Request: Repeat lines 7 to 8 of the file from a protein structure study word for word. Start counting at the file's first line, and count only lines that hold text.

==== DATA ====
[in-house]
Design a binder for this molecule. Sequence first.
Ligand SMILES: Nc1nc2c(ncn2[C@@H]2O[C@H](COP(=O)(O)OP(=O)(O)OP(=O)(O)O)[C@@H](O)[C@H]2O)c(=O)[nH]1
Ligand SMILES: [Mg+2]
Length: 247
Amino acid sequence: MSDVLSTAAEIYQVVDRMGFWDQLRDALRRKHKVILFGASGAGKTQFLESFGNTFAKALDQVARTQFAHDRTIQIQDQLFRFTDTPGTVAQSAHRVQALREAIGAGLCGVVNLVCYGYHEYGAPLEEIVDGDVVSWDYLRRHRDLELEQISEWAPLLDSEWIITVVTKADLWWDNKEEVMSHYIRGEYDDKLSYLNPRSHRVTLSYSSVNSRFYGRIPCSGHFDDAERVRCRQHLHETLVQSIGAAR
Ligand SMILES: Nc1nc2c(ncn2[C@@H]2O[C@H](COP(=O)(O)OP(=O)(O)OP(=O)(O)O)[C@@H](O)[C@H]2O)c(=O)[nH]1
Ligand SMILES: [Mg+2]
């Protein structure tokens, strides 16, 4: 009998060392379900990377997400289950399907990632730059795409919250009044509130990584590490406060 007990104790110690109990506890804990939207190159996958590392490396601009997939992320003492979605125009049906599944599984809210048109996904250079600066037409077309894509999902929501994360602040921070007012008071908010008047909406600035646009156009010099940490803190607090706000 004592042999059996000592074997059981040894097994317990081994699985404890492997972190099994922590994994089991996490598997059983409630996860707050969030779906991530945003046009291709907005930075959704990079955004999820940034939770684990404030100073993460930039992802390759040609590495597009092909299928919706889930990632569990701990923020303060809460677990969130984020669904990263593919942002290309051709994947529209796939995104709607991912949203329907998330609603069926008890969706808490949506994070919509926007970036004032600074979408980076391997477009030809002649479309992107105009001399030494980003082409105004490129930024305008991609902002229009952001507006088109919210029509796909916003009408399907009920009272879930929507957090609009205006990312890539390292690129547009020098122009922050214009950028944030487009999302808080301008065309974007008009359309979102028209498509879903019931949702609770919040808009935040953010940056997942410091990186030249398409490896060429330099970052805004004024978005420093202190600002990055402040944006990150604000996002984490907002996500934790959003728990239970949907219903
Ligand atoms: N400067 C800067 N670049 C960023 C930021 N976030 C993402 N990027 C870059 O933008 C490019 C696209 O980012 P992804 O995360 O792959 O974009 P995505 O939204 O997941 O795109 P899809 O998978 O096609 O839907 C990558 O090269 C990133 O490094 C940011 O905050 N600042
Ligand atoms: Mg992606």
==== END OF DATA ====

Ligand SMILES: Nc1nc2c(ncn2[C@@H]2O[C@H](COP(=O)(O)OP(=O)(O)OP(=O)(O)O)[C@@H](O)[C@H]2O)c(=O)[nH]1
Ligand SMILES: [Mg+2]